Recreational boats, for example, are also a potential source of water pollution. Spilled fuel and oil, garbage dumped overboard and the use of chlorine bleach and phosphate soaps to clean boats can all affect water and aquatic life. A little can go a long way: a single litre of gasoline can make up to 1 million litres of water unfit for human consumption. 31
Introduction of invasive species
The number one method by which alien invasive species enter Canadian waters is the release of ballast water. It is estimated that at least one-third of the 140 alien invasive species living in the Great Lakes were introduced through discharged ballast water. 32 A full ballast tank is essential for a ship's stability when it is carrying little or no cargo. When cargo is loaded, the ballast water is discharged—along with any organisms living in it.
The zebra mussel—one of the most notorious and problematic invasive species in Canada—was introduced via discharged ballast water. The mussel has achieved densities as great as 300,000 per m2 in the Great Lakes, where it thrives free of its natural predators. 33 This Caspian Sea native was accidentally introduced in 1988.
Release of ballast water is not the only means by which invasive species have been introduced to Canadian waters. Plant and animal life transported on the exterior of ships and boats and movement through canals and other waterways are also potential conduits for invasive species.
Being held up in a traffic jam is frustrating: road construction, bad weather and traffic accidents can all cause congestion. However, where we choose to live, work and play are also contributing factors. As Canadians drive more, traffic congestion is a growing problem in urban areas. It is also a major concern from an environmental standpoint.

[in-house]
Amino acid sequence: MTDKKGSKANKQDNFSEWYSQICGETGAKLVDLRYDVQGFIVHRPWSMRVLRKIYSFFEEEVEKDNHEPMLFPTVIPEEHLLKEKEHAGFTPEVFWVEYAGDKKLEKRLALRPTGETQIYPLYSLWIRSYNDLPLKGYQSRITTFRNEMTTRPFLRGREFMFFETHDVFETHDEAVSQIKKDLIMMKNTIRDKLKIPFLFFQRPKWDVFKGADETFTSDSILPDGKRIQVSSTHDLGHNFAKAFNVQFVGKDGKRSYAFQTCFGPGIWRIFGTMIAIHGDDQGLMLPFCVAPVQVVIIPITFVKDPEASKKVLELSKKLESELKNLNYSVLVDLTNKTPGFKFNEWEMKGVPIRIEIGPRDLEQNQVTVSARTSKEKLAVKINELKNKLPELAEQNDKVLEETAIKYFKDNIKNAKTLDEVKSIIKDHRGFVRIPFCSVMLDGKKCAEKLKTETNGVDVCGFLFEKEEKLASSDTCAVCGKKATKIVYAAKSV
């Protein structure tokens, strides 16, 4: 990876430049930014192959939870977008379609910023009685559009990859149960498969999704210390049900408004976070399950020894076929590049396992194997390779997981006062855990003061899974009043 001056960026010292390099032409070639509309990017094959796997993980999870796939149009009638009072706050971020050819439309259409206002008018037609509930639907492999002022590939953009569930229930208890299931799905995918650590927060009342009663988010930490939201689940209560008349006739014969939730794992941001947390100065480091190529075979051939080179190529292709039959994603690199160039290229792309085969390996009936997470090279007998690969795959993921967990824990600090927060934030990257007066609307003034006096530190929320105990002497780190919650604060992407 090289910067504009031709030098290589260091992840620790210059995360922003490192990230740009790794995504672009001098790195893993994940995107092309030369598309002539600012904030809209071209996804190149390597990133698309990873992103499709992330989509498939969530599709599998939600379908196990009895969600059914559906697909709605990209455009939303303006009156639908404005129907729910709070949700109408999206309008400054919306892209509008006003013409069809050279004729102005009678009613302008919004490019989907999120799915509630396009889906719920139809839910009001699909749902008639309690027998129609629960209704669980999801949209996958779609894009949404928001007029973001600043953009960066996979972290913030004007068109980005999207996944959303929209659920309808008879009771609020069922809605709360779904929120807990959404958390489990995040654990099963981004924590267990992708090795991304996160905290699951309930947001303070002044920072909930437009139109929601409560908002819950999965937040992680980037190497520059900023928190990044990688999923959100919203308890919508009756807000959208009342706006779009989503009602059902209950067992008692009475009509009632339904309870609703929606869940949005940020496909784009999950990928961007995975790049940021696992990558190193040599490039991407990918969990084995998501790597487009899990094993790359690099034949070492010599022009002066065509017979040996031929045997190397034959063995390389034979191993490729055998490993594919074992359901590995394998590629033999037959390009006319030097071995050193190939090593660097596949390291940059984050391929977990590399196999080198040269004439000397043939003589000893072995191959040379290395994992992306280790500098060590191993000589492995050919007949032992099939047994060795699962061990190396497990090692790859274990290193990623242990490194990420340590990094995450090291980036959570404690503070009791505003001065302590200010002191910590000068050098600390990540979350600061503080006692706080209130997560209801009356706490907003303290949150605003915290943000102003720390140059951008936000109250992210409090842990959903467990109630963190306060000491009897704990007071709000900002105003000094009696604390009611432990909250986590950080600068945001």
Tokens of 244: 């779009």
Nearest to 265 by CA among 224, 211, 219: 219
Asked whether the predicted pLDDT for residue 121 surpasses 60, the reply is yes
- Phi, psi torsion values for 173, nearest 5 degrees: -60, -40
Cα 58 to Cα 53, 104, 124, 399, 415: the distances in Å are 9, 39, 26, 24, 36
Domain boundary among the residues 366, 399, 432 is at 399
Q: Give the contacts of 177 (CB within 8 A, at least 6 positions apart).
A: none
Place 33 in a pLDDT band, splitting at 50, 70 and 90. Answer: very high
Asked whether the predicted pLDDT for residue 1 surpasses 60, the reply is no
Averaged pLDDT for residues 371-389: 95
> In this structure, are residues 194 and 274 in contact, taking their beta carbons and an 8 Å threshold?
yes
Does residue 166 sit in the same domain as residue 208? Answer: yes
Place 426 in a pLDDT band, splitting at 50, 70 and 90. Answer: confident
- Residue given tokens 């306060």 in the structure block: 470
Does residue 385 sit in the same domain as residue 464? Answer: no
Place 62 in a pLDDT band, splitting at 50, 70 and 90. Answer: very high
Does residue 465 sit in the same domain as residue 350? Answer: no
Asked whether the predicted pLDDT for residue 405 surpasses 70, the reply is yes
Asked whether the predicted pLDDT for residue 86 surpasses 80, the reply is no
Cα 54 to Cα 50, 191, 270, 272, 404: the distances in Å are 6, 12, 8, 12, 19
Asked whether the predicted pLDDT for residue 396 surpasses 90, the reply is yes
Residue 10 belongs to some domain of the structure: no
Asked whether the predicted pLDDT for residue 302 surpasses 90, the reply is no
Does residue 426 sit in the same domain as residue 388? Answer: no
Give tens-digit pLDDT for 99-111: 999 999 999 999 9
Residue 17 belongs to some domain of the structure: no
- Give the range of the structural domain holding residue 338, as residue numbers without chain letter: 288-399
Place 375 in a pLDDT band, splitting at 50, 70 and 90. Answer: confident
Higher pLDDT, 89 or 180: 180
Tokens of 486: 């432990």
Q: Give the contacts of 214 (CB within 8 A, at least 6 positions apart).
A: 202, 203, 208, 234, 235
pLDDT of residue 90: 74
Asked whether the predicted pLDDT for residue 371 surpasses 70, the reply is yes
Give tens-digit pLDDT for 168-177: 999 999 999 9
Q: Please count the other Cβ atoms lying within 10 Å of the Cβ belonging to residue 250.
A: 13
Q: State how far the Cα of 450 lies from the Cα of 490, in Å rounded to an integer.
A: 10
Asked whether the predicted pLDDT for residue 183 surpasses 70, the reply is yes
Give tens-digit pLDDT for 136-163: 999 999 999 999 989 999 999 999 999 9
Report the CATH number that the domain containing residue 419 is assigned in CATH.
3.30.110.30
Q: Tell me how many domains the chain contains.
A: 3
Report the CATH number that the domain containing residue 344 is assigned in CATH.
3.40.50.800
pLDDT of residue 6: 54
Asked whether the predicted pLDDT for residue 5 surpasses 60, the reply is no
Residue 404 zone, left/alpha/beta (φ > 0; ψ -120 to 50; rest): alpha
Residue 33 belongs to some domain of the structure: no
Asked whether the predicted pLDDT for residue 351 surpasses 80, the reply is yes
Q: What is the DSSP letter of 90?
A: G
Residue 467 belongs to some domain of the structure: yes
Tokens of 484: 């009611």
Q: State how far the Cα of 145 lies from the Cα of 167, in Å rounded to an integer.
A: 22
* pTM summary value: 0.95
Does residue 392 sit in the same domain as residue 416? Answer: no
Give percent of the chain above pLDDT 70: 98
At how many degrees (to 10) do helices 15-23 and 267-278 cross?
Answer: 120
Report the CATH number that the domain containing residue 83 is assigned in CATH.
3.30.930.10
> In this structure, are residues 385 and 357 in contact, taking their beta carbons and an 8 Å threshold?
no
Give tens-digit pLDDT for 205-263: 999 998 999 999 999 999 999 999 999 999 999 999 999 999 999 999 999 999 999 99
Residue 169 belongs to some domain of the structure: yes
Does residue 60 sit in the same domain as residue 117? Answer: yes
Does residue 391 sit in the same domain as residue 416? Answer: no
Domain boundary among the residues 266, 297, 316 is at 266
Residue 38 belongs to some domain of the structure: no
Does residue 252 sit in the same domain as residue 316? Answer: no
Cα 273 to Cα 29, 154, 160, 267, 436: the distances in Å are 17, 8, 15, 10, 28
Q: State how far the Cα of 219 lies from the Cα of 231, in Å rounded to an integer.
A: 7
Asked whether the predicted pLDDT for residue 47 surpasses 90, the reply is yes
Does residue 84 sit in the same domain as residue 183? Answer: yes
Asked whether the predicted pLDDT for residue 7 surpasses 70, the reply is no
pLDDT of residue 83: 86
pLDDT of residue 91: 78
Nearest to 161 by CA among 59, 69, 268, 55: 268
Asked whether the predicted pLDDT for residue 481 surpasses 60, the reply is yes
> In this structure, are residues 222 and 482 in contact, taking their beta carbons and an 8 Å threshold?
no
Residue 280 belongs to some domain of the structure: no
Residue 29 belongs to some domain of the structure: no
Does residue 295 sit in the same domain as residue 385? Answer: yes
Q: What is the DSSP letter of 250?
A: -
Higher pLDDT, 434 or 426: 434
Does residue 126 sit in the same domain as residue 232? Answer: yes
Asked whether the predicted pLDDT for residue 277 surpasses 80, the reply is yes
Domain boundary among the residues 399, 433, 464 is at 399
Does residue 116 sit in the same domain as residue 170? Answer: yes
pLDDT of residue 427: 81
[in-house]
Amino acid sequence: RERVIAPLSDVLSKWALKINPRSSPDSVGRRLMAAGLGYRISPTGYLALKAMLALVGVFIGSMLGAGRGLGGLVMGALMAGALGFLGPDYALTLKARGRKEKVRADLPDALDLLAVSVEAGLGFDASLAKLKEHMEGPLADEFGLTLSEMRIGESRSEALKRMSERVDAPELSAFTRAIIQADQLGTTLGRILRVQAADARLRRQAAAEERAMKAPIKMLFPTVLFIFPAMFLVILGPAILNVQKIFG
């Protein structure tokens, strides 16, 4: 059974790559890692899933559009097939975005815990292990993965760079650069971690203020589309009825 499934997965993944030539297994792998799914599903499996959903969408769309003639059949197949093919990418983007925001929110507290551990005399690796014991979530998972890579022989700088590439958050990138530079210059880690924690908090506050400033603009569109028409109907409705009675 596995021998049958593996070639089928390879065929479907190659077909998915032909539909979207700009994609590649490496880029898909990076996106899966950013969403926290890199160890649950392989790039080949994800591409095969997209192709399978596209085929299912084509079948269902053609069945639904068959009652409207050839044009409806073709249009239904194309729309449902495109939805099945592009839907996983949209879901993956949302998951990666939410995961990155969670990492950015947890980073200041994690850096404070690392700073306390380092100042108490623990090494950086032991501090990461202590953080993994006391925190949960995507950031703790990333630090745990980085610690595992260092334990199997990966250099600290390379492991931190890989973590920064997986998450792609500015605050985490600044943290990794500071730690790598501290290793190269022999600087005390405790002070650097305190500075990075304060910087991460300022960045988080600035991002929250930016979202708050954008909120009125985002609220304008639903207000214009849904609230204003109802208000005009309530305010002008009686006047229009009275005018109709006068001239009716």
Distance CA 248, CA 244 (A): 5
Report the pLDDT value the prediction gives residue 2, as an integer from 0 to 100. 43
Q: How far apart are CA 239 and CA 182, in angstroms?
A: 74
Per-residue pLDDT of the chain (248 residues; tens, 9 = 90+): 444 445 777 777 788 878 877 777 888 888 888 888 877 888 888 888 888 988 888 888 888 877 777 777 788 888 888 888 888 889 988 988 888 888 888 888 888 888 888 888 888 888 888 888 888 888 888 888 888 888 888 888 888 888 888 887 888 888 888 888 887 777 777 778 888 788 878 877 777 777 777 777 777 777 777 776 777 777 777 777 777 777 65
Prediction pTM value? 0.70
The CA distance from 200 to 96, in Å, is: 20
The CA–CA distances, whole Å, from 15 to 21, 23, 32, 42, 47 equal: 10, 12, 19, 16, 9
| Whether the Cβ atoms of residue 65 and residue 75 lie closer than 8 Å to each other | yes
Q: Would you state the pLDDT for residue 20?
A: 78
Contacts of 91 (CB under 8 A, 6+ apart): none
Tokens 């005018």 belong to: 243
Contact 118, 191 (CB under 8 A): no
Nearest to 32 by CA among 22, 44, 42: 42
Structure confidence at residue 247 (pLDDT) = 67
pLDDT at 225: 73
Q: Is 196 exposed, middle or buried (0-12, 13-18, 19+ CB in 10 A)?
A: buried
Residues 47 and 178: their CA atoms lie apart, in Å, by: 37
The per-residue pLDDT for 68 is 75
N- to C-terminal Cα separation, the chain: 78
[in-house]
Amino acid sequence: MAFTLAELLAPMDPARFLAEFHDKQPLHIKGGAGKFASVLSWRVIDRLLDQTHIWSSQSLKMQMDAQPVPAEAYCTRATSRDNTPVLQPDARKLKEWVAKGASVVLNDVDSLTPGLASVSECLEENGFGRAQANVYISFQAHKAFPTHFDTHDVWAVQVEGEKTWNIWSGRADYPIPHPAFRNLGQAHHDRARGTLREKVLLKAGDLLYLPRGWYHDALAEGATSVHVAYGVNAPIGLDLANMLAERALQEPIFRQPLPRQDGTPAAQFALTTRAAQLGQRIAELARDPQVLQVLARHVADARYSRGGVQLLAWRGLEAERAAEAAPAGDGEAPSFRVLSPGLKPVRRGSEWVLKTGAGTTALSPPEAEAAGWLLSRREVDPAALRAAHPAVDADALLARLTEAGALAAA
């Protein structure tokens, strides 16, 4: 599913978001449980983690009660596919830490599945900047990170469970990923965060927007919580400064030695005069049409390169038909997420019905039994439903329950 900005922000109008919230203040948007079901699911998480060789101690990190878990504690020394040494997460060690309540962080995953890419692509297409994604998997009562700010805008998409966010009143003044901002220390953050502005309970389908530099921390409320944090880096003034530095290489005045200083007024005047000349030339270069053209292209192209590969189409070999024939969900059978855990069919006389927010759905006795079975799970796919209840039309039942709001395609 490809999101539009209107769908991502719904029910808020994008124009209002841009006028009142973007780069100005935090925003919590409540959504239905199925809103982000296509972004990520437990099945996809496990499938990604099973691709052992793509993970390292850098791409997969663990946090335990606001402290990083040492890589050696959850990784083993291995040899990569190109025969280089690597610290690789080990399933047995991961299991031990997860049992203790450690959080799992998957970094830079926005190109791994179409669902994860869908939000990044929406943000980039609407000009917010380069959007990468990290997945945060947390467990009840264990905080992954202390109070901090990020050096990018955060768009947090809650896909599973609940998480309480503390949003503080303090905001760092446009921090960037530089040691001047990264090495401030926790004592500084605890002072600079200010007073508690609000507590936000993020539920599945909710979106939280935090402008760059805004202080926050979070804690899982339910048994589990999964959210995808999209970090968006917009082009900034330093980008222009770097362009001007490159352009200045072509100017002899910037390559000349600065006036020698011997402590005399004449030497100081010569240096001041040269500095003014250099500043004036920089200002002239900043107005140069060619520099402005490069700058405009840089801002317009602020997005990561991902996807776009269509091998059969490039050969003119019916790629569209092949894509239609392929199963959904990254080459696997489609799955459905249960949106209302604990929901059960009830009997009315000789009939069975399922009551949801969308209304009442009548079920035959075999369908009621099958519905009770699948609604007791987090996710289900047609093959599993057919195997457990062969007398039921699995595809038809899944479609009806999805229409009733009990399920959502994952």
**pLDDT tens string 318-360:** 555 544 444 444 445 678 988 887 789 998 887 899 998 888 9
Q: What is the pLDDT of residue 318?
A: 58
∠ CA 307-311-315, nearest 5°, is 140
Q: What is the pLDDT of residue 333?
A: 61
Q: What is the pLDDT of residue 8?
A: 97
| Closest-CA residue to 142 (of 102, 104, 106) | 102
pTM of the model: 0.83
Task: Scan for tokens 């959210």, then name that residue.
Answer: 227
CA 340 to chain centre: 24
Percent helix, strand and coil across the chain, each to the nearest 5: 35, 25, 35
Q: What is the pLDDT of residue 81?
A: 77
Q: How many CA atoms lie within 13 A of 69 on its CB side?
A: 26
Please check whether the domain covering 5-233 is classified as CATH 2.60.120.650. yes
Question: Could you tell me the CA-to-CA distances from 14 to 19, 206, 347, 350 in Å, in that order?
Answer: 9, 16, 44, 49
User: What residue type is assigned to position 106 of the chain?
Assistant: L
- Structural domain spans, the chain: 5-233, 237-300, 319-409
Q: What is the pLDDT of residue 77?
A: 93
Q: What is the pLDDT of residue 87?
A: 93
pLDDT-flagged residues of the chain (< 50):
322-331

Most people use their cars at peak times—during the morning and evening rush hours. In 2005, Canadians drove their cars and trucks 28% more on weekdays than on Saturdays or Sundays, according to the Canadian Vehicle Survey. 34
Idling and slow-moving vehicles caught in stop-and-go traffic use more fuel and, as a result, release more emissions than they would if their trips were made in less time. A recent study by Transport Canada, which looked at the costs of urban traffic congestion for Canada’s nine largest urban areas, estimated that approximately one-half billion litres of fuel is wasted annually because of congestion; this amounts to between 1.2 to 1.4 Mt of GHG emissions, according to the study. The majority of congestion occurs in Toronto, Montréal, and Vancouver, Canada’s largest urban areas. 35